During the mid-19th Century, Canada was the end of the line for runaway slaves escaping on the Underground Railroad. It is estimated that between 1850 (when the American congress passed the Fugitive Slave Law) and 1865 (the end of the US Civil War), more than 100,000 African-American slaves escaped to Canada, with most settling in Ontario, Quebec and Nova Scotia.
For many slaves, Canada represented a dream of freedom where slave catchers and lynch mobs couldn’t hurt them. Slaves on the Underground Railroad endured months, and even years, of living like fugitives while bounty hunters and racist government policies were always trying to impede their flight to freedom.
Most slaves started out their journey on the Underground Railroad (which wasn’t an actual railroad but more of a resistance and escape route that was heavily organized by concerned American citizens) by running away from their plantation in the middle of the night. Often the runaway slave was alone, but on many occasions whole families would escape together.
Protestant churches were key meeting halls of the railroad, and escaped slaves would be moved by night from one church to another. Once a slave was found to have escaped, the “owner” had a right to hire bounty hunters to try and catch them. “Owners” could choose to have the slave returned or killed outright. Slaves were considered property, not people, and thus had no rights to life or liberty.
Living in such dread, the route to the free states of the north took amazing strength, and it is estimated that less than half of the slaves who set out on the Underground Railroad actually made it to a free destination. Even when slaves made it to New York or another free state, federal laws permitted bounty hunters to arrest and return slaves to their “owners”. Thus, Canada became the final destination for more than 75% of the slaves escaping the south.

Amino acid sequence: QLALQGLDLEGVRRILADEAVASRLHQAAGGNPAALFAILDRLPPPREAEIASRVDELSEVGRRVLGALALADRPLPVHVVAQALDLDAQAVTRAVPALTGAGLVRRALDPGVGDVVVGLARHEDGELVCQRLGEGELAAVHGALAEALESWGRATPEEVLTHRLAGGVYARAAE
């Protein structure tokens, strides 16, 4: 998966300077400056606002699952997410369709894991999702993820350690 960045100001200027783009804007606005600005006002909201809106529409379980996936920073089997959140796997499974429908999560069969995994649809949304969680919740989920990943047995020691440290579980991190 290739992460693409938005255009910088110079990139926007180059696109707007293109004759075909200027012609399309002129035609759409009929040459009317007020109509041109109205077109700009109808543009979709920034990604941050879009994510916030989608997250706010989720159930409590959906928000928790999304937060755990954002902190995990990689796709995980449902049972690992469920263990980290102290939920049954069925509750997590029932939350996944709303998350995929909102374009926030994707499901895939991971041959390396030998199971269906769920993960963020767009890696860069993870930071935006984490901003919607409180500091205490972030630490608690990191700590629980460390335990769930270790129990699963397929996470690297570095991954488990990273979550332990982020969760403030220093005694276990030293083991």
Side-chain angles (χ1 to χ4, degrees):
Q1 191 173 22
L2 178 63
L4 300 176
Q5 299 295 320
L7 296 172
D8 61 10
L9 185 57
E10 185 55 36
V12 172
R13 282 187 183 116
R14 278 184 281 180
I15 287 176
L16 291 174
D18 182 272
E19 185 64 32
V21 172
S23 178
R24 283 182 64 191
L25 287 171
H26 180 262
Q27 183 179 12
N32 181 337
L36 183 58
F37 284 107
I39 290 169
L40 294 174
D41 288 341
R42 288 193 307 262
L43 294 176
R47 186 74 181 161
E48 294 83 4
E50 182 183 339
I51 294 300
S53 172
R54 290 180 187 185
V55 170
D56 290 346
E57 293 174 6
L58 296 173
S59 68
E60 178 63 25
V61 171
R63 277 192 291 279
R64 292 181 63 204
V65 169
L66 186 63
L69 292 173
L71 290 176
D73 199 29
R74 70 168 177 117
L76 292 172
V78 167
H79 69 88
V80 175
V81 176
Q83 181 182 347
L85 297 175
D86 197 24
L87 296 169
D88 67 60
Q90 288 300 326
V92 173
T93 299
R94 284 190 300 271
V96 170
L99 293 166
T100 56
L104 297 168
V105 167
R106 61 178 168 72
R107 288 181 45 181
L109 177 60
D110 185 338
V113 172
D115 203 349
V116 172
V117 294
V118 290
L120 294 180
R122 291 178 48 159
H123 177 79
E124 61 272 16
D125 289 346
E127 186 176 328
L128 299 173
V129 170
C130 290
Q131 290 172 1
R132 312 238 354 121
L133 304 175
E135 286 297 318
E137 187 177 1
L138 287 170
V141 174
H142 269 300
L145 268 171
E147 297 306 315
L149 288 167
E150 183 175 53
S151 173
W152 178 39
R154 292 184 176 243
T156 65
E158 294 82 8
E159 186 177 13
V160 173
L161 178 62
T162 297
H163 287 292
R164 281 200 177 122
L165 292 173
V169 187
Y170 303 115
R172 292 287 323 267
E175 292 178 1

In Canada, a special order-in-council which received Royal Consent in 1855 made it official policy to accept runaway slaves, provide food and clothing and shelter for new arrivals, and to arrest and imprison any bounty hunters found crossing the border. Waves of fugitive slaves arrived in the barely settled lands of Upper Canada (today’s Ontario), often disoriented by the freezing winters, which were a stark contrast to the humid southern states. Despite the environmental challenges, most newly arrived blacks managed to thrive in Canada. Entire towns consisting entirely of black populations sprung up along the St Laurence River and the counties just outside of York (present-day Toronto).
Life wasn’t without difficulties, of course. Just like their American cousins, many white Canadians held severely racist views of their new black neighbours. While the more pious and generous went out of their way to help the new settlers, most Canadians turned a blind eye to their struggles and in some cases assaults and murders against black immigrants were recorded. These were in the minority, however. Institutionalized racism in Canada meant that blacks found it difficult to get jobs or attend schools or apply for any type of government benefits.
African Canadians were part of the growth of Canada, particularly in the key boom years of the 1870’s, following the American Civil War, when Canada aggressively expanded to the west. Many blacks, tired of the racism of the east, joined the wave of European settlers moving to the prairies and were key in establishing today’s thriving cities of Winnipeg, Calgary and Vancouver.
African Canadians have since become a part of Canada’s history. The descendants of the runaway slaves have fought in Canada’s wars, have become hockey stars, have contributed to the arts and culture, have shared in building great centers of research and innovation, and have even served in the highest offices of the federal government! The Underground Railroad is a key piece of Canada’s history and the contributions of the descendants of the runaway slaves to Canada’s identity, even existence, will be remembered for as long as this country exists.